CASCADE TOWNSHIP, MI – When Jason and Jackie LaFontaine looked at floor plans for their new home, they concluded bigger was better.
Their new four-bedroom home, on which they will break ground in Eastbrook Homes’ Stoneshire development later this month, will have a larger kitchen and pantry, a home office for Jason, a formal dining room, a hearth room and “kids retreat” on the second floor.
Compared to the house they bought from Eastbrook Homes four years ago, the LaFontaine’s new house will be about 500 square feet larger at 3,400 square feet.
“Being second time builders, we wanted to be sure this was going to be our ‘forever’ home,” Jackie LaFontaine said.
Their new home has all the features they wished they had put in their first house, she said.
With 1-year-old and 4-year-old daughters, the LaFontaines also want to make room for the possibility of a third child in the future, she said. Their new home also is closer to the Forest Hills school buildings where she works as a speech pathologist.
The LaFontaines are typical of many new homebuyers in West Michigan. With the economy back on track and interest rates low, the average new house is getting bigger and more expensive.
According to Builder Track Reports, which follows the West Michigan home building industry, the average size of a new home in Kent County last year was 2,538 square feet, about 500 square feet larger than the average size of a new home in Kent County 10 years ago.
That’s about the size of a king-sized master suite with a full bathroom and walk-in closet in a luxury home.
Homes in Ottawa County showed similar growth, with the average size being 2,412 square feet in 2014 compared to 1,944 square feet in 2009, according to Builder Track statistics. In Muskegon County, the average new home was 2,114 square feet in 2014 compared to 1,758 square feet in 2010.
While the average size of a home is getting bigger, so is its cost. According to Builder Track, 61 percent of the houses under construction in the first quarter of 2015 had a construction value of more than $200,000.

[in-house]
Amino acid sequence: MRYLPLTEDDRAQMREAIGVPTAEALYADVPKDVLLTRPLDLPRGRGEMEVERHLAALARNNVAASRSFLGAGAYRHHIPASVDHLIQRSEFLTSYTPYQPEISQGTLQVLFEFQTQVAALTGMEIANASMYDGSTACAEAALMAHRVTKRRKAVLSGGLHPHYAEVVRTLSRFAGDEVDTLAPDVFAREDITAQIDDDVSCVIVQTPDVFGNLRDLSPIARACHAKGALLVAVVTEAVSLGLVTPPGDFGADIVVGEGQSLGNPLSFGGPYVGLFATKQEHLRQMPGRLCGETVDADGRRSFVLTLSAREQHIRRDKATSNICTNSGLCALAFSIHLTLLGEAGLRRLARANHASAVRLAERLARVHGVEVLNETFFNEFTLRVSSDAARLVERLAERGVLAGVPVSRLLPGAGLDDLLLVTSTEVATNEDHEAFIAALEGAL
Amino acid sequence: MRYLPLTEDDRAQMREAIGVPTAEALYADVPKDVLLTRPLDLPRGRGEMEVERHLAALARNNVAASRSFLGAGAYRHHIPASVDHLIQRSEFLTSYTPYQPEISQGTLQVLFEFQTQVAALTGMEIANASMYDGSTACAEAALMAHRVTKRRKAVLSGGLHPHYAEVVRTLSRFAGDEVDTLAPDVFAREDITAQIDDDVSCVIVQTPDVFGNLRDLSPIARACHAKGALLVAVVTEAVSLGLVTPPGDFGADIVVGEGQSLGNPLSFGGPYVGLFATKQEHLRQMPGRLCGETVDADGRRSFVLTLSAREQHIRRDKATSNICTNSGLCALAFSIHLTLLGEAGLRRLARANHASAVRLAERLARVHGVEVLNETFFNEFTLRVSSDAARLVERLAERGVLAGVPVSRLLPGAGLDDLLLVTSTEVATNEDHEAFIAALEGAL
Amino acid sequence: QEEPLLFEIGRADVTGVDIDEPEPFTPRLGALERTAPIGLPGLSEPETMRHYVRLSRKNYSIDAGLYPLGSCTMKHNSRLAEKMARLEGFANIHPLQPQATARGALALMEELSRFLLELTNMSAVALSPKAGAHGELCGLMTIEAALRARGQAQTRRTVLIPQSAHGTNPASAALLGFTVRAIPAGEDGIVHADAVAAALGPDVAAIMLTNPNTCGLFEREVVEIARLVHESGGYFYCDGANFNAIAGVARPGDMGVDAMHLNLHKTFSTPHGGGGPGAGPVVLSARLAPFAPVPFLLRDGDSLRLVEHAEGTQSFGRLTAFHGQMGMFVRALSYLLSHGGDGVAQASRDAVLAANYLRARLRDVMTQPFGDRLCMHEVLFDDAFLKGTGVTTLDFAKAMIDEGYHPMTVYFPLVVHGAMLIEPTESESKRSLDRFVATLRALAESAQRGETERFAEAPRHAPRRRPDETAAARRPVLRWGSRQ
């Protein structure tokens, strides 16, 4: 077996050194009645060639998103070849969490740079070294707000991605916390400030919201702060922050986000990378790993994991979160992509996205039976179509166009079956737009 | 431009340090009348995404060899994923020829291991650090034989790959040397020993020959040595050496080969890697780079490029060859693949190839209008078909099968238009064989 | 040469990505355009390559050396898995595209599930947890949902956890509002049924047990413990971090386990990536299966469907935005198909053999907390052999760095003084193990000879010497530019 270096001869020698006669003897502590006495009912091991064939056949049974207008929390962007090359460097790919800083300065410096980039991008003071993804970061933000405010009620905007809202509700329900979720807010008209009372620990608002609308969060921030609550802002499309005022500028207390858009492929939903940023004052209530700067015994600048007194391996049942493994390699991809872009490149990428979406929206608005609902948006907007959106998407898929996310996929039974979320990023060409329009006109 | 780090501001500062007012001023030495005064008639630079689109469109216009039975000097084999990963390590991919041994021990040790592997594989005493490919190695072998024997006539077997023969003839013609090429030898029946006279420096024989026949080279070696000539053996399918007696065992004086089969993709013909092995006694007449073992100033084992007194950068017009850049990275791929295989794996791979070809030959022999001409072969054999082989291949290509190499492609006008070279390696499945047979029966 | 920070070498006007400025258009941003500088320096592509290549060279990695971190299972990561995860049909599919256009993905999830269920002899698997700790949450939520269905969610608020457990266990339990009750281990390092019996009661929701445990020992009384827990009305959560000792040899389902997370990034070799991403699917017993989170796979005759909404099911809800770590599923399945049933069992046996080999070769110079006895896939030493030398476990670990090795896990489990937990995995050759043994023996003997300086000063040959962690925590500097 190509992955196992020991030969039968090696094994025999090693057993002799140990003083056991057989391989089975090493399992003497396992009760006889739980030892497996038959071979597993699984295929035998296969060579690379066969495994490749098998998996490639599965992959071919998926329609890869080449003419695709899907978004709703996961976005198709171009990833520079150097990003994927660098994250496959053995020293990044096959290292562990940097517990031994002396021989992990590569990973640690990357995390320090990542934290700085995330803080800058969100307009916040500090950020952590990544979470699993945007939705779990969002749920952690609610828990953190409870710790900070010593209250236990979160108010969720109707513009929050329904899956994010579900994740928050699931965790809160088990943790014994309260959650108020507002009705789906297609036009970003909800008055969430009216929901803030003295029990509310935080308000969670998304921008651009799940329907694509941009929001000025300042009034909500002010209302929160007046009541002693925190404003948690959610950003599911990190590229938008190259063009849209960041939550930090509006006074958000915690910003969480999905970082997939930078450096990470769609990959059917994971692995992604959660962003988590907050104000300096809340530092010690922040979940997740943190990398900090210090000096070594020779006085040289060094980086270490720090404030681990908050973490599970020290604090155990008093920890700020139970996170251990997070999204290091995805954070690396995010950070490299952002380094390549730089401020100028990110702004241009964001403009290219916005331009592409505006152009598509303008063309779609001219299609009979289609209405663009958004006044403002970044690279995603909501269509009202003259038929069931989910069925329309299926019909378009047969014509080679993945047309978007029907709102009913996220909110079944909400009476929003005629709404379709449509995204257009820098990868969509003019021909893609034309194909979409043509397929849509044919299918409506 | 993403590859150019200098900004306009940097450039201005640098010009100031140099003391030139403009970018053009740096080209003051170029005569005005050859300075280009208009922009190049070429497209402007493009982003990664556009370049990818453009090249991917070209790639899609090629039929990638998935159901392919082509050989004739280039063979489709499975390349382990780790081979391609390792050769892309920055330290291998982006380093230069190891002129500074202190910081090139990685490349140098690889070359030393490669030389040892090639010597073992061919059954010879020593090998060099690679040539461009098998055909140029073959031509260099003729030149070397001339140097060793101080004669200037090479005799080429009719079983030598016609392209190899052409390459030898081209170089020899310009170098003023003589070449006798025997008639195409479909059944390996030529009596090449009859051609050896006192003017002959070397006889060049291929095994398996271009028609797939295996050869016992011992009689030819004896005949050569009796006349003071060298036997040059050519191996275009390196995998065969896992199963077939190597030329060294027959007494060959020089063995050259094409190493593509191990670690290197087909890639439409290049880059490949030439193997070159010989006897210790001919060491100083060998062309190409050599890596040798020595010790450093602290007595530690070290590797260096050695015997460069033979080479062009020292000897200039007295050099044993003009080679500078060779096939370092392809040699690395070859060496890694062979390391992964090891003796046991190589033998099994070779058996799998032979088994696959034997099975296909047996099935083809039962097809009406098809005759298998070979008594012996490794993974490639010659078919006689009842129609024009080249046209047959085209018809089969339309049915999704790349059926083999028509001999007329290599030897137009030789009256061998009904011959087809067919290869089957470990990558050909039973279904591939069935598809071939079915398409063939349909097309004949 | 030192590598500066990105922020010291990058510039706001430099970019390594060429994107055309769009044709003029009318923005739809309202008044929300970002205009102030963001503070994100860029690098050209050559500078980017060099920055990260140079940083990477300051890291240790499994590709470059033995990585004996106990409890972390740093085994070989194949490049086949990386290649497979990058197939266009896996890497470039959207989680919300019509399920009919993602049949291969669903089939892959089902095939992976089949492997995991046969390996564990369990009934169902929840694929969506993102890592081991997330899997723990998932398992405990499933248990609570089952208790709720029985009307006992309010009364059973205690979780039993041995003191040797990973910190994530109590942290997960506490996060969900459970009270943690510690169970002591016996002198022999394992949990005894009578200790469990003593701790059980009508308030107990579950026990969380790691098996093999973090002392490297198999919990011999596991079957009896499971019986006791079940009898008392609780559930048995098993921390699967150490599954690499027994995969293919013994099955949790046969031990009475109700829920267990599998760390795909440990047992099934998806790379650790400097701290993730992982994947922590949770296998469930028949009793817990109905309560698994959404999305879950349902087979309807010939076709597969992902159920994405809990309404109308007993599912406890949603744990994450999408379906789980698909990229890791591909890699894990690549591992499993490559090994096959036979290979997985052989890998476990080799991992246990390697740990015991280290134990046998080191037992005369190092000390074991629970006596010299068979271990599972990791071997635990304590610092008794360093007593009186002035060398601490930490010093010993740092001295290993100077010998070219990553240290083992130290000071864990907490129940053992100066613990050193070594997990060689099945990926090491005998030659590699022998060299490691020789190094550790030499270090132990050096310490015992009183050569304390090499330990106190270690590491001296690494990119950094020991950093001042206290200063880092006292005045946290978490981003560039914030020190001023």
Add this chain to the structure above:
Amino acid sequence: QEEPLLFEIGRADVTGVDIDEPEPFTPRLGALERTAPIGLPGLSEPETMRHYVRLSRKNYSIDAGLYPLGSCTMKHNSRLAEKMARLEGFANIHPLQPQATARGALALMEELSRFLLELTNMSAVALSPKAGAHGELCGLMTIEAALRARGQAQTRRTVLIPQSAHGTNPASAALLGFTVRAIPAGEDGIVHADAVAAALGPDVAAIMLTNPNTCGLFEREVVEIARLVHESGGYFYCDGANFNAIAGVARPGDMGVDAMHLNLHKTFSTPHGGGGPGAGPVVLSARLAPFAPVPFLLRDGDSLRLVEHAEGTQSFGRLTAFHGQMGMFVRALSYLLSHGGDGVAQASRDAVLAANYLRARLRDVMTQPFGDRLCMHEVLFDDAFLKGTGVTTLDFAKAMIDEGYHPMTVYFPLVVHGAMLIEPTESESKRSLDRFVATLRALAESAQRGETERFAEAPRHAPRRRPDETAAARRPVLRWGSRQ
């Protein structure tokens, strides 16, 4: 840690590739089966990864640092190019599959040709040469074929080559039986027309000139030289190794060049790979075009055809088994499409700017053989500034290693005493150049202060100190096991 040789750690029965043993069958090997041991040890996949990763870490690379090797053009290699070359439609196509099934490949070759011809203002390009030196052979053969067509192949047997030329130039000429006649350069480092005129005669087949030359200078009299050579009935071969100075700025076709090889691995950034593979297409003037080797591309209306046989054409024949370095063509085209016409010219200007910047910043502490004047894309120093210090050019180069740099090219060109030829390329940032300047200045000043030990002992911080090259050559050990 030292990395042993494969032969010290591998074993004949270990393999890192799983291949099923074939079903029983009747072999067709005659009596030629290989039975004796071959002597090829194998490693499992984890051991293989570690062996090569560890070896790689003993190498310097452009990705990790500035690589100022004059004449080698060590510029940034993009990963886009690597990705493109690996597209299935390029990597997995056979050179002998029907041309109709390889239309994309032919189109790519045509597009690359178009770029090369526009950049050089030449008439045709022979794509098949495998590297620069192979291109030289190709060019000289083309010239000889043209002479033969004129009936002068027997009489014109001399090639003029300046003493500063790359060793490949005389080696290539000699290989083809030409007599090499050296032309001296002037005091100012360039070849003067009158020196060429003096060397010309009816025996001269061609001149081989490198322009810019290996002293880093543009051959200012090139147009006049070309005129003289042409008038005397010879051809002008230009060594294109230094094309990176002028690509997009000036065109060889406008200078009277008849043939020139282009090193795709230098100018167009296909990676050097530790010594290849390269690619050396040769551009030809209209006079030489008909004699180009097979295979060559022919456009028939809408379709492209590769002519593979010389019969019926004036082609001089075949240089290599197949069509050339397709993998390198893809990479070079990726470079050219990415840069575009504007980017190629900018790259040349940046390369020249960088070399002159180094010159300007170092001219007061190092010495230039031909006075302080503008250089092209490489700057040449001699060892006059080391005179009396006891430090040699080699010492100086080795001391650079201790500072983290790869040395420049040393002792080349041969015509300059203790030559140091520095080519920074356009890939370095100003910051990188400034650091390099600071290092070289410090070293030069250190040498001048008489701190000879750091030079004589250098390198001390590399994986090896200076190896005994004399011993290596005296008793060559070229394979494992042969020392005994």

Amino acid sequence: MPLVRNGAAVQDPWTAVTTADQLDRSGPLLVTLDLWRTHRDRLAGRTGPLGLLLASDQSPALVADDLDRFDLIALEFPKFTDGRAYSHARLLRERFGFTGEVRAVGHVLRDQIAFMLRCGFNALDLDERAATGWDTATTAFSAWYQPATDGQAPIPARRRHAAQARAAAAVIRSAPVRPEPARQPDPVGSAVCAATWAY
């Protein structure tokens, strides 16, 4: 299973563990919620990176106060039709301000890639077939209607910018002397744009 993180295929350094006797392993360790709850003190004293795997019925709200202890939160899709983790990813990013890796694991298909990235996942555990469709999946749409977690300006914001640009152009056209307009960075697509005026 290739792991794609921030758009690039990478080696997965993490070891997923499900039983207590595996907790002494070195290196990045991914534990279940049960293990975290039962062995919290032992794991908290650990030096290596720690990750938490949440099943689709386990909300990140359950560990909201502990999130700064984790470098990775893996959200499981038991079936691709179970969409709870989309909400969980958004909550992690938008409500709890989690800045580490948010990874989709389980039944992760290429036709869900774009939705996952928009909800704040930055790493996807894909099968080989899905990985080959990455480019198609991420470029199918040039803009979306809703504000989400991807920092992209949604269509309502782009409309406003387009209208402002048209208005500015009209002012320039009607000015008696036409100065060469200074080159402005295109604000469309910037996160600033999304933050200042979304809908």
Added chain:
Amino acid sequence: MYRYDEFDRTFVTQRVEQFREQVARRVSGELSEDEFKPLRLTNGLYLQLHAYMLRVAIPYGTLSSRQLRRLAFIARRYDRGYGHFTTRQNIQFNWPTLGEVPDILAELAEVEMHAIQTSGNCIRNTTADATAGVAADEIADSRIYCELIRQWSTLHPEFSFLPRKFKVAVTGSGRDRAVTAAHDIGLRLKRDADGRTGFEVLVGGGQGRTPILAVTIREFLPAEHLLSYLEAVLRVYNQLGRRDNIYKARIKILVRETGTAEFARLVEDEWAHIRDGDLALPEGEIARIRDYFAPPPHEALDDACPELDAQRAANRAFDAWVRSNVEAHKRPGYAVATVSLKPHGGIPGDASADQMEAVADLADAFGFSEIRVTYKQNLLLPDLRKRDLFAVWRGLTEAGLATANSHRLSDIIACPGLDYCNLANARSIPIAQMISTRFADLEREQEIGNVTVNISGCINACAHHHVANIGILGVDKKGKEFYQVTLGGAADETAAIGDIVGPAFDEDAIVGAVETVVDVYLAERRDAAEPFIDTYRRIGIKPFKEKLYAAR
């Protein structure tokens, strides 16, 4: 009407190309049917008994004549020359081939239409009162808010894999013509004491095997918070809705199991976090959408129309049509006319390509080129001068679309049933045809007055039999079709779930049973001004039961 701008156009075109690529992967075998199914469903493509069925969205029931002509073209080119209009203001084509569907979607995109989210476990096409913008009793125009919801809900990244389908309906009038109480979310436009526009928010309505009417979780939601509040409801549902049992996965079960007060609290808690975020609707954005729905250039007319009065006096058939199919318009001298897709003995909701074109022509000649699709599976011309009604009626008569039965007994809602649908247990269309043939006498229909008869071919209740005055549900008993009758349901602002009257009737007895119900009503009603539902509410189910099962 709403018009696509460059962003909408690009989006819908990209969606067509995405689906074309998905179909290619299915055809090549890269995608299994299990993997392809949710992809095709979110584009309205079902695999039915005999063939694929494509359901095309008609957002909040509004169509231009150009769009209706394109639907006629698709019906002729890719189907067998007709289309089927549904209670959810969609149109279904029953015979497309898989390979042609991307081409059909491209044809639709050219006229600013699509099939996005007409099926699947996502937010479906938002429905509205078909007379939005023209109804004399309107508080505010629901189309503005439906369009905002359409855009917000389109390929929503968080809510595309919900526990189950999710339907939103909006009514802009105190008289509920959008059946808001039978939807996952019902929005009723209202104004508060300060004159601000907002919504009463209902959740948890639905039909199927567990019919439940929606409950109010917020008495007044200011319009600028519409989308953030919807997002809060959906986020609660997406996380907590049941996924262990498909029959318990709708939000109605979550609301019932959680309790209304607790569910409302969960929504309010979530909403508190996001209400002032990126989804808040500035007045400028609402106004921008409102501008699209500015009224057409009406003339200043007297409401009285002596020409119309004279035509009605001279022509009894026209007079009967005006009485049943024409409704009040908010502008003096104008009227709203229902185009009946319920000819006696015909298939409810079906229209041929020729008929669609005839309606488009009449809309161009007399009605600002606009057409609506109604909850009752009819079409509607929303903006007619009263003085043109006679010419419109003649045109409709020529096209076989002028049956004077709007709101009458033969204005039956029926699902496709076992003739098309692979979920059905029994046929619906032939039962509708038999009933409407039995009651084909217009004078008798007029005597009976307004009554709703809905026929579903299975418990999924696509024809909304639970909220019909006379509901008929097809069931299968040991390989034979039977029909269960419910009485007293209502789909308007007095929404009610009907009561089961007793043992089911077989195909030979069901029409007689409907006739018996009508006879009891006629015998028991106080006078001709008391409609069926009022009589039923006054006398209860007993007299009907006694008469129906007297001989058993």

In 2014, 53 percent of Kent County’s new homes were valued at more than $200,000 while in 2011, only 36.5 percent topped the $200,000 price tag, according to Builder Tracks.
Despite the rising costs, homebuilding is booming again in West Michigan after stumbling through the Great Recession.
In Kent County, contractors reported 206 housing starts in the first quarter despite a lingering winter. Last year, Kent County home builders reported 1,088 housing starts, a 7.7 percent increase over 2013.
Bob Sorensen, vice president of sales and marketing for Eastbrook Homes, said homes are getting larger because consumer confidence is improving and interest rates have remained low.
New homes also are getting more luxurious, with high end finishes like granite countertops and larger bathrooms, Sorensen said. Finished lower levels with “man caves” also are growing in popularity, he said.
Mike McGivney, vice president of sales and marketing for Allen Edwin Homes, said low interest rates are giving their customers an additional $25,000 to $50,000 in buying power.
“A lot of that translates into the square footage they can add to their homes,” McGivney said. That additional buying power also is an incentive to build a new house rather than remodel an existing home, he said.
Aaron Schoonover, a regional sales director for Allen Edwin Homes, said the larger homes they are building in the 150-site Stonegate development in Byron Township are designed to be flexible to meet the changing needs of their owners.
The two-story homes in Stonegate, which start at $240,000 and can cost up to $416,640, feature an assortment of upgrades that include “smart space” rooms that be converted into informal sitting areas or home offices.
Kitchens have grown to include larger islands and mudroom areas now have lockers, Schoonover said. While the square footage has grown, so has the overall volume with nine-foot ceilings on the main floors and lower levels.
John Bitely, president and CEO of Sable Homes, said the growing footprint of new houses in West Michigan also is a reflection of township zoning ordinances, which require larger lot sizes to keep the quality of new housing high.
Homeowners who can afford larger lots also are able to afford larger houses, said Bitely, whose company has focused on building mid-level homes. “It’s a legal type of exclusionary zoning.”
“I don’t know of any builder that’s building entry-level homes. You can’t make it work if you’ve got a lot that prices out to $30,000 to $40,000,” Bitely said.
West Michigan’s appetite for bigger houses is not being shared on a national level.
RealtyTrac, a national real estate survey firm, reported the average size of a home was 1,799 square feet in 2014, down from its high point of 1,863 square feet in 2012. The average size picked slightly, to 1,803 square feet, in 2015, RealtyTrac said.